Issue June 17, 2008

Connected Diss – The Lois Lane factor

I have always thought that the creators of Superman missed a bet. Had they been a tad more gender sensitive, they would have realized that as a girl reporter, Lois Lane possessed the power of invisibility, a special power unfortunately still possessed by women in the media today. Despite many gains for women in many areas, the media remains firmly in the grip of very white men. The ratios of bylines and commentary written by women, for instance, are shockingly low. 

To be sure, during the last few years, stories like Don Imus’ racial and misogynist spew about the Rutgers women’s basketball team and the Clinton and Obama campaigns have brought something of an influx of women (and men of color) to the forefront. Their increased participation in the media, however, is primarily limited to those and other stories that focus on gender and race. A recent study by the watchdog group Media Matters found that once the Imus story died down, the visibility of women and people of color in the news went back to where it was before the story broke. 

The number of stories about women reported across the media spectrum is also disproportionately low, and the stories covered more often than not are either about women being victimized or about the latest shocking behavior of a starlet. Rarely are women portrayed as empowering voices. Female members of Congress, for instance, get less press mentions than their male counterparts, and this year’s Time magazine list of 100 influential leaders included only 25 women.

According to a set of statistics compiled by Sheila Gibbons for Media Report to Women (mediareporttowomen.com), a study conducted between November 2004 and July 2005 found that women make up just 14 percent of the guests on Sunday morning talk shows. The women were less likely to be the lead guest or to be asked back for a repeat appearance. And a study by the National Urban League found that between January 2004 and June 2005, only three black women appeared on those shows (Gwen Ifill, Condoleezza Rice and Donna Brazile, in case you are wondering).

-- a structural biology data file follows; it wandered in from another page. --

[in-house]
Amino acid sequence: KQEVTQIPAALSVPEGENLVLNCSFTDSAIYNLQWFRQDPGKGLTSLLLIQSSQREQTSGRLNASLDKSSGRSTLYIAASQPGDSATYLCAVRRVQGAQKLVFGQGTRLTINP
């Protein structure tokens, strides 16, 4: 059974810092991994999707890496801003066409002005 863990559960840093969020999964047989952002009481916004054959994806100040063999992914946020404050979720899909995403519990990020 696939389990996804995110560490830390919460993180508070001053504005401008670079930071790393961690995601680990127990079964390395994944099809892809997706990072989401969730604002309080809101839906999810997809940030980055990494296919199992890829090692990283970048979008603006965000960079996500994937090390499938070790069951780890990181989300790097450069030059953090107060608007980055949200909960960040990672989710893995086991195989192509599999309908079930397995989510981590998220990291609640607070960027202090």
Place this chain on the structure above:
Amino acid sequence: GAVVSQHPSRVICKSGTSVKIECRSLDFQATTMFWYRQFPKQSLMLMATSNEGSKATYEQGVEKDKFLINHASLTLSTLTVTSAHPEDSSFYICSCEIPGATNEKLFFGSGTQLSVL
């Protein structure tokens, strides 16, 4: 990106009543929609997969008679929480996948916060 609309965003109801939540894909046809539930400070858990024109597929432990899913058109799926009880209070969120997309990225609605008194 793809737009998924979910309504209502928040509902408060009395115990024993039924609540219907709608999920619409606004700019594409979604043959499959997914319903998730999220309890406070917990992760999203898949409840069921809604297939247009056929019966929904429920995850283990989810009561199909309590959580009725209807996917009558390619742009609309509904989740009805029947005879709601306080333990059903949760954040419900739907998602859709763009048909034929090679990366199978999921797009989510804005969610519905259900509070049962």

Another study conducted in 2004 found that women only made up 25 percent of the correspondents at ABC, NBC and CBS. As for print media, the male-to-female byline ratio in a study of 11 magazines found that the numbers ranged from 13:1 at the National Review to 2:1 at the Columbia Journalism Review. A 2006 study found that the ratio at The New York Times Magazine, The New Yorker and Vanity Fair was 3:1.

But let’s not delude ourselves that this is just a mainstream media problem. If you look at the guestlists on “The Colbert Report” or “The Daily Show,” for example, women make up approximately 25 percent of the guests. Liberal websites such as Counterpunch and ZNet also offer a disproportionately male selection of opinions.

Female voices in the literary world are also similarly shut out. Last year’s National Book Awards were all given to men. And here in Louisville, just to bring the issue closer to home, of the 96 guests who have appeared as part of the Kentucky Author Forum, only 26 have been women.

At the fourth National Conference for Media Reform (NCMR), which was held a few weeks ago in Minneapolis, issues such as net neutrality and media conglomeration were the primary topics. While gender concerns were acknowledged, only two of many panels specifically addressed gender. That is unfortunate, for the simple reason that women make up half the population of this planet and our stories and our voices should be equally reflected in the media, whose job, after all, is to report the news, all of the news. 

Here at LEO, among the brotherhood of pundits, I am, as Jane Fonda puts it, a quota of one. In a speech at an earlier NCMR, Fonda observed that the media didn’t create gender biases, but they do reinforce and perpetuate them. She also pointed out that gender inequality is so deeply ingrained in our culture that we almost consider it a fact of life. But it isn’t, and the media has a responsibility to be cognizant of that reality. 

Lucinda Marshall is a feminist artist, writer and activist. She is the Founder of the Feminist Peace Network, www.feministpeacenetwork.org. Contact her at lucindamarshall@feministpeacenetwork.org